4. Finally, it was sent on behalf of Google Collections Canada. Now, we don't work with Google Canada due to some very bad service we had received last year. When I contacted the person listed in the email, she said that her name had been added automatically and she had not directly sent the email. So the email was sent FROM the wrong person (and wrong country)!

So, Google invoiced the proper amount, but did so:

  • To the wrong email address
  • To the wrong billing contact
  • At the wrong time
  • After it had been paid
  • From the wrong country and collections department

Not exactly a stellar start to the new system. If you are an AdWords customer, be very, very careful about this new system, and I strongly recommend you check everything. Twice.

Just like Google should have.


Yahoo (YSM) Mexico Upgraded to Panama

I just received an email today from Yahoo informing me that Mexico is now on the new Panama PPC system.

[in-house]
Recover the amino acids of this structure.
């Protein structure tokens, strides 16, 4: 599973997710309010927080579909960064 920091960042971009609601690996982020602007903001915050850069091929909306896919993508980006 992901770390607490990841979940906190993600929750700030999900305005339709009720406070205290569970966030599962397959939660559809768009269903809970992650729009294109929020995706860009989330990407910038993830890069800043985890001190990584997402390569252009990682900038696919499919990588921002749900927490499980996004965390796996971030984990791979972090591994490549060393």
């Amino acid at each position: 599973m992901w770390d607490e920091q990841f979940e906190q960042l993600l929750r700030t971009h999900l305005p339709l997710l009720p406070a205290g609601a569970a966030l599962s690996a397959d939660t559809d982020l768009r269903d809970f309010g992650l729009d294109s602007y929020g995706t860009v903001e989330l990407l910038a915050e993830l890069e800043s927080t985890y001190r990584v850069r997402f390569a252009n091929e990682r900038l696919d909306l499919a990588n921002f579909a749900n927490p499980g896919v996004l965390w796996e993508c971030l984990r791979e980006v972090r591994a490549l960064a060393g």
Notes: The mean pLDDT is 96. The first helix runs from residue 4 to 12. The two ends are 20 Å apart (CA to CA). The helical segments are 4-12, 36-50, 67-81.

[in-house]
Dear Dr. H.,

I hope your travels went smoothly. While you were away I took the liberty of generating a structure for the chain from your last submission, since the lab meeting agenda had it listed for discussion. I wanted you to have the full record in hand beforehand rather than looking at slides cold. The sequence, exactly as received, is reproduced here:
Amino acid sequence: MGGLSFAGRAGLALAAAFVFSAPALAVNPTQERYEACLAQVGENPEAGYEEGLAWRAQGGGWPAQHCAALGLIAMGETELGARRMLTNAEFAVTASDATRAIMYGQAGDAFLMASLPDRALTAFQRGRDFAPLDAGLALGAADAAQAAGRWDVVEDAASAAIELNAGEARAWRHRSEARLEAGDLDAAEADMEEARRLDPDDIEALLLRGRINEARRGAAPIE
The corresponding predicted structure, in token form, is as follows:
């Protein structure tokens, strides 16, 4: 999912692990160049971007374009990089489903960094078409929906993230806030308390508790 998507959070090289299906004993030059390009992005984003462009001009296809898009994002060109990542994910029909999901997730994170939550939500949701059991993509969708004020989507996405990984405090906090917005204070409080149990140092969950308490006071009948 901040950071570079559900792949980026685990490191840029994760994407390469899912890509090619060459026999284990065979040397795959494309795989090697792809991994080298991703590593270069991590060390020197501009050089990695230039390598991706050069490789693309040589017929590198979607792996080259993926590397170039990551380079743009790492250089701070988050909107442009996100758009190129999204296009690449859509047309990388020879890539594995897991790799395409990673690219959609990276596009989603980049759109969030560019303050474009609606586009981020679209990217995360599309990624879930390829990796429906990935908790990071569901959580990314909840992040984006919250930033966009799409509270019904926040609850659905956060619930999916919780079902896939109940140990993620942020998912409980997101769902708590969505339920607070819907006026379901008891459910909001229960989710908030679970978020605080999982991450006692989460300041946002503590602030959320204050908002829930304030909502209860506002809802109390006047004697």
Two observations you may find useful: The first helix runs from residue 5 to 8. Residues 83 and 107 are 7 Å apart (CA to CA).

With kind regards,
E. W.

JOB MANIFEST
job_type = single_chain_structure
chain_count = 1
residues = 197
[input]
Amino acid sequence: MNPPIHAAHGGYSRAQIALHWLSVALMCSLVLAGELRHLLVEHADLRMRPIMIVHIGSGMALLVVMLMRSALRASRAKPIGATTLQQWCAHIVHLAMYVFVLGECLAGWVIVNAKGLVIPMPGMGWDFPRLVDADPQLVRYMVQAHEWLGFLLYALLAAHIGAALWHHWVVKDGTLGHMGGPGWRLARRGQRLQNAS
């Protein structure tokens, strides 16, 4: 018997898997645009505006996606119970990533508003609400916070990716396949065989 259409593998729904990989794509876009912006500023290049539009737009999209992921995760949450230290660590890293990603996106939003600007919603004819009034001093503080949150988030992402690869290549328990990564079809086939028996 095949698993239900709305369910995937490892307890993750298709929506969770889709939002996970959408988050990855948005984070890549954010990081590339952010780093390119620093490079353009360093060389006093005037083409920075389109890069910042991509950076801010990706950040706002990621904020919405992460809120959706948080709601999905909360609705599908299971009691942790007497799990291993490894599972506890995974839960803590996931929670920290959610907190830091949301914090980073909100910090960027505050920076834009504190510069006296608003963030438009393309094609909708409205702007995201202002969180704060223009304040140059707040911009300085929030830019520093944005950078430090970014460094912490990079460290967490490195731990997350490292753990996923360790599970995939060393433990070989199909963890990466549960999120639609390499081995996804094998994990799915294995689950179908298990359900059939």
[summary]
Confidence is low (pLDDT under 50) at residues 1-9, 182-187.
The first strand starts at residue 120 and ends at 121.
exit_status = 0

This is good news for international SEM's like myself, since the old Yahoo kinda sucked. Worse, it was really, really hard to integrate into PPC software like Omniture Search Center.

I haven't played with it yet, but I'll keep you updated.



Original Email (translated into English with personal info removed, I apologize in advance for my bad Spanish):


Dear Advertiser, Congratulations!

The new Yahoo! Search Marketing has been activated. Our system has new and advanced features that are very easy to use and that will help you connect better with the vast and valuable audience of Yahoo! and sites associated with Yahoo! Search Marketing.

Your new Sponsored Results account

Your new user name is' XXX '. Before you can access your account, you will be asked to reestablish your password. After this, you receive an email with instructions.

After you reset your password, you can access your account at If you cannot click on the link, please copy and paste it into your Internet browser.

To help you have a successful start, we suggest you become familiar with your new account by logging in today at Please be sure to have a full campaign and add your billing information. We suggest that you add the page to access your account in your favorites for a easy access in the future.

The new Sponsored Results account structure

The interface of your account is as follows:

Administration - Manage your account information, including information payment and billing. In addition, allocate your daily spending limit, user privileges, and other options.